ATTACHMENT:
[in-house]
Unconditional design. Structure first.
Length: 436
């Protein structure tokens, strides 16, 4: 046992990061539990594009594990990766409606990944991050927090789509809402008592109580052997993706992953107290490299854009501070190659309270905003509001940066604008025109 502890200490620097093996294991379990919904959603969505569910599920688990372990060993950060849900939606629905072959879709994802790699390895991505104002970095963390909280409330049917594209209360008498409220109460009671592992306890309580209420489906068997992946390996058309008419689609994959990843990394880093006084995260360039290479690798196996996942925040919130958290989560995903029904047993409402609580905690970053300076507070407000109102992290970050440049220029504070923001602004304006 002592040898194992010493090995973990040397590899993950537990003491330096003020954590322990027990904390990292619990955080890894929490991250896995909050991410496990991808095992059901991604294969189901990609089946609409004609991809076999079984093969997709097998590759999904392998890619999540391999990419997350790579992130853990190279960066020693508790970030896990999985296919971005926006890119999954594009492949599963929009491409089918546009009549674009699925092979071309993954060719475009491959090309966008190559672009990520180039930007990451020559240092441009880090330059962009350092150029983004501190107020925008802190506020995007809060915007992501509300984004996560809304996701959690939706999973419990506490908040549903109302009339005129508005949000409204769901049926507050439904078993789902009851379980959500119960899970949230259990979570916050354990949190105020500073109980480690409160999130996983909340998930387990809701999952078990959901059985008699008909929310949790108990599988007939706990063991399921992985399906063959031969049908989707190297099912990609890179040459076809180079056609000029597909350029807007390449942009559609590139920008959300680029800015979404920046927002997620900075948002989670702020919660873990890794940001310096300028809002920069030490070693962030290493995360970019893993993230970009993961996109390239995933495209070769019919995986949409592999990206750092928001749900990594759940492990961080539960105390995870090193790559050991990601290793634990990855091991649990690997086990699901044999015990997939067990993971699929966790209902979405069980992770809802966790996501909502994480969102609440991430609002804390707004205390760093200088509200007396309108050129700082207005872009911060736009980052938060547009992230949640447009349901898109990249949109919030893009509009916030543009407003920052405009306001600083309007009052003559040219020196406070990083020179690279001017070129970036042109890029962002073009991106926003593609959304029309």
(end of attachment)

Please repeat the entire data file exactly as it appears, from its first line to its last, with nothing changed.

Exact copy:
[in-house]
Unconditional design. Structure first.
Length: 436
């Protein structure tokens, strides 16, 4: 046992990061539990594009594990990766409606990944991050927090789509809402008592109580052997993706992953107290490299854009501070190659309270905003509001940066604008025109 502890200490620097093996294991379990919904959603969505569910599920688990372990060993950060849900939606629905072959879709994802790699390895991505104002970095963390909280409330049917594209209360008498409220109460009671592992306890309580209420489906068997992946390996058309008419689609994959990843990394880093006084995260360039290479690798196996996942925040919130958290989560995903029904047993409402609580905690970053300076507070407000109102992290970050440049220029504070923001602004304006 002592040898194992010493090995973990040397590899993950537990003491330096003020954590322990027990904390990292619990955080890894929490991250896995909050991410496990991808095992059901991604294969189901990609089946609409004609991809076999079984093969997709097998590759999904392998890619999540391999990419997350790579992130853990190279960066020693508790970030896990999985296919971005926006890119999954594009492949599963929009491409089918546009009549674009699925092979071309993954060719475009491959090309966008190559672009990520180039930007990451020559240092441009880090330059962009350092150029983004501190107020925008802190506020995007809060915007992501509300984004996560809304996701959690939706999973419990506490908040549903109302009339005129508005949000409204769901049926507050439904078993789902009851379980959500119960899970949230259990979570916050354990949190105020500073109980480690409160999130996983909340998930387990809701999952078990959901059985008699008909929310949790108990599988007939706990063991399921992985399906063959031969049908989707190297099912990609890179040459076809180079056609000029597909350029807007390449942009559609590139920008959300680029800015979404920046927002997620900075948002989670702020919660873990890794940001310096300028809002920069030490070693962030290493995360970019893993993230970009993961996109390239995933495209070769019919995986949409592999990206750092928001749900990594759940492990961080539960105390995870090193790559050991990601290793634990990855091991649990690997086990699901044999015990997939067990993971699929966790209902979405069980992770809802966790996501909502994480969102609440991430609002804390707004205390760093200088509200007396309108050129700082207005872009911060736009980052938060547009992230949640447009349901898109990249949109919030893009509009916030543009407003920052405009306001600083309007009052003559040219020196406070990083020179690279001017070129970036042109890029962002073009991106926003593609959304029309």